Eagles, Haason Reddick want the same things

Will the Eagles really part ways with Haason Reddick?

One of the most head-scratching stories to come out of Super Bowl week was the news that the Eagles had given their star edge rusher permission to seek a trade with other teams from around the National Football League.

The report originally came from the NFL Network during the run-up to the Super Bowl and had all the logical earmarks of being a hundred-percent true.

Before deciding whether those reports are to be trusted, you have to understand how those reports come to be made.

Teams, general managers, coaches, players and agents use national reporters from places like NFL Network, ESPN and their other broadcast partners to get out information that wouldn’t or shouldn’t be revealed by either the team or the players themselves through ordinary channels.

Your local reporters, the people who cover the Eagles on a day-to-day basis, don’t typically break those kind of reports. The reason is simple. Because there are so many of those reporters, the team or player’s representative don’t want to create resentment or show favoritism to a single reporter to get a story out.

The story would have to be leaked to too many people. That’s why national reporters get the scoop.  

In nearly every case, the information is true because no reporter will put their reputation on the line by reporting something that won’t check out.

Once the word gets out, the whole Eagles’ media machine swings into action.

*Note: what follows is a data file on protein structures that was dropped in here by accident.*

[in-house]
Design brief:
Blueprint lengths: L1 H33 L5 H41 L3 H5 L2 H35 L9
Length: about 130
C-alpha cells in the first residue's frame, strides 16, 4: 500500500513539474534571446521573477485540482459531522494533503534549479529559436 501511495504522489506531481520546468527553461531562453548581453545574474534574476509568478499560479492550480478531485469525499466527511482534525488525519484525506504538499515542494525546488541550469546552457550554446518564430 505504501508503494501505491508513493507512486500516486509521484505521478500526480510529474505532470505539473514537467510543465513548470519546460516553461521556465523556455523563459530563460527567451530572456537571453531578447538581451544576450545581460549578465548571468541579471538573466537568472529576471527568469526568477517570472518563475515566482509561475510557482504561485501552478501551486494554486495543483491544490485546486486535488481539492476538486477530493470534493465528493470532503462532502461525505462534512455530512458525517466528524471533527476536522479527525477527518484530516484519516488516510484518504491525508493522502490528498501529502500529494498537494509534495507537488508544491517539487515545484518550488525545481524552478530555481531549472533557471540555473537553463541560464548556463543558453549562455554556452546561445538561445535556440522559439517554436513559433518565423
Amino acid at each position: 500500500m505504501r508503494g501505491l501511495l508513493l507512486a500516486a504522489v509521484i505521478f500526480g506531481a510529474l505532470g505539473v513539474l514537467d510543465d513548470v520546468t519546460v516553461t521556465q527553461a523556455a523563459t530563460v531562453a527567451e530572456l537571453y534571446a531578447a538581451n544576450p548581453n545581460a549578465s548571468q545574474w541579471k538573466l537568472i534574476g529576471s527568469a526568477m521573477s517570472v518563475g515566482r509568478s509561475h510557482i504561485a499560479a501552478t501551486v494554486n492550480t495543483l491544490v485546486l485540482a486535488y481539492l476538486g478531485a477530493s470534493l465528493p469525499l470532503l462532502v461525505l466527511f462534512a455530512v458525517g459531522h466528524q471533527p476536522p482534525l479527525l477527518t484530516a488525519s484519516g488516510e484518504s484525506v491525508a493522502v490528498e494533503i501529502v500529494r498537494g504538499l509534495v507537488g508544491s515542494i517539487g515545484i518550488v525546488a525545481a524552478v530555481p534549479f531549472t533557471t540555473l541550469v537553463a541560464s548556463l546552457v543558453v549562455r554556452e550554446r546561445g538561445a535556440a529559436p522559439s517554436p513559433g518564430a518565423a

So does the story check out? Well, yes. And no.

Reddick himself told Jordan Schultz of Bleacher Report that he “cherished being an Eagle” just days after the original report came out. Reddick went to high school at Haddon Heights in South Jersey and played at Temple University. He is, quite literally, home.

It’s not that simple, though.

Reddick is entering the final year of his three-year, $45 million contract. He’s due $14.25 million of that next year. He has more than outperformed that contract over his first two years, getting more than 30 sacks combined in the regular season and playoffs.  

Players at that level typically command upward of $24 million per year.

Reddick would love to make that kind of money. Heck, who wouldn’t?

Reddick probably deserves that kind of money. Are the Eagles the team that will give Reddick that kind of salary?

Reddick will turn 30 in September and he had five fewer sacks last year than he did in his first year with the team. The Eagles already have him under contract.

That’s why the report came out when it did.

Reddick wants to stay. The Eagles want to make sure they don’t pay too much to keep him here. Both the Eagles and Reddick’s representatives would benefit from knowing how much he is valued by other teams around the NFL.

After talking to other teams, Reddick’s people will know how much they should ask for. After hearing from other teams, the Eagles will know how much they should pay.

If those numbers are somewhere close, Reddick will be back with the Eagles and happy to sign a contract extension. If those numbers aren’t close, one side or the other will have to knuckle under and find a better spot for Reddick to play.

Reddick and the Eagles probably want the same thing. Reports that the Eagles gave him permission to seek a trade are a reminder that you can’t always get what you want.